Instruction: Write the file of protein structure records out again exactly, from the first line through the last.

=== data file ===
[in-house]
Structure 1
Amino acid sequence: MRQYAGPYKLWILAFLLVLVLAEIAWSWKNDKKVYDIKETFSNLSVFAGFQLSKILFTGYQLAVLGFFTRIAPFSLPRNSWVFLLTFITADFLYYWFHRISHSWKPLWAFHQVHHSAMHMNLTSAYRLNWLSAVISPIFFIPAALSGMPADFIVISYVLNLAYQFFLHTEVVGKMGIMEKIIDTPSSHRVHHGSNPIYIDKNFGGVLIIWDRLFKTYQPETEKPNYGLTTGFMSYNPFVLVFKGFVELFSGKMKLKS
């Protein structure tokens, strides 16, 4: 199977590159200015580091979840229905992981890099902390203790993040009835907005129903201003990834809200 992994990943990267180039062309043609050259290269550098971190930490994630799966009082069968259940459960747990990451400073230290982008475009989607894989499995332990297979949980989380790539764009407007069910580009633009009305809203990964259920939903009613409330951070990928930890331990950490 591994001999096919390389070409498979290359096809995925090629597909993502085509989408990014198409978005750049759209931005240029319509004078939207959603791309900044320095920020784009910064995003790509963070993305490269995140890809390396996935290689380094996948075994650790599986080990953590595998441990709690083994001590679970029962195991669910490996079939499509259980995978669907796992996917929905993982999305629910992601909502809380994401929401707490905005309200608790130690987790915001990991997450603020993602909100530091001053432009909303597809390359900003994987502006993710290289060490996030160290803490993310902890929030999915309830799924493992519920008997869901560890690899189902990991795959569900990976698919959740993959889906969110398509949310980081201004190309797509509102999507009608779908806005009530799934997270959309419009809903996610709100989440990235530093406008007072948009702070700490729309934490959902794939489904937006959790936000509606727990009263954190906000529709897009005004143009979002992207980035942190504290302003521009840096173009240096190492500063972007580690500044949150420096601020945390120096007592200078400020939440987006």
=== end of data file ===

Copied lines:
[in-house]
Structure 1
Amino acid sequence: MRQYAGPYKLWILAFLLVLVLAEIAWSWKNDKKVYDIKETFSNLSVFAGFQLSKILFTGYQLAVLGFFTRIAPFSLPRNSWVFLLTFITADFLYYWFHRISHSWKPLWAFHQVHHSAMHMNLTSAYRLNWLSAVISPIFFIPAALSGMPADFIVISYVLNLAYQFFLHTEVVGKMGIMEKIIDTPSSHRVHHGSNPIYIDKNFGGVLIIWDRLFKTYQPETEKPNYGLTTGFMSYNPFVLVFKGFVELFSGKMKLKS
């Protein structure tokens, strides 16, 4: 199977590159200015580091979840229905992981890099902390203790993040009835907005129903201003990834809200 992994990943990267180039062309043609050259290269550098971190930490994630799966009082069968259940459960747990990451400073230290982008475009989607894989499995332990297979949980989380790539764009407007069910580009633009009305809203990964259920939903009613409330951070990928930890331990950490 591994001999096919390389070409498979290359096809995925090629597909993502085509989408990014198409978005750049759209931005240029319509004078939207959603791309900044320095920020784009910064995003790509963070993305490269995140890809390396996935290689380094996948075994650790599986080990953590595998441990709690083994001590679970029962195991669910490996079939499509259980995978669907796992996917929905993982999305629910992601909502809380994401929401707490905005309200608790130690987790915001990991997450603020993602909100530091001053432009909303597809390359900003994987502006993710290289060490996030160290803490993310902890929030999915309830799924493992519920008997869901560890690899189902990991795959569900990976698919959740993959889906969110398509949310980081201004190309797509509102999507009608779908806005009530799934997270959309419009809903996610709100989440990235530093406008007072948009702070700490729309934490959902794939489904937006959790936000509606727990009263954190906000529709897009005004143009979002992207980035942190504290302003521009840096173009240096190492500063972007580690500044949150420096601020945390120096007592200078400020939440987006």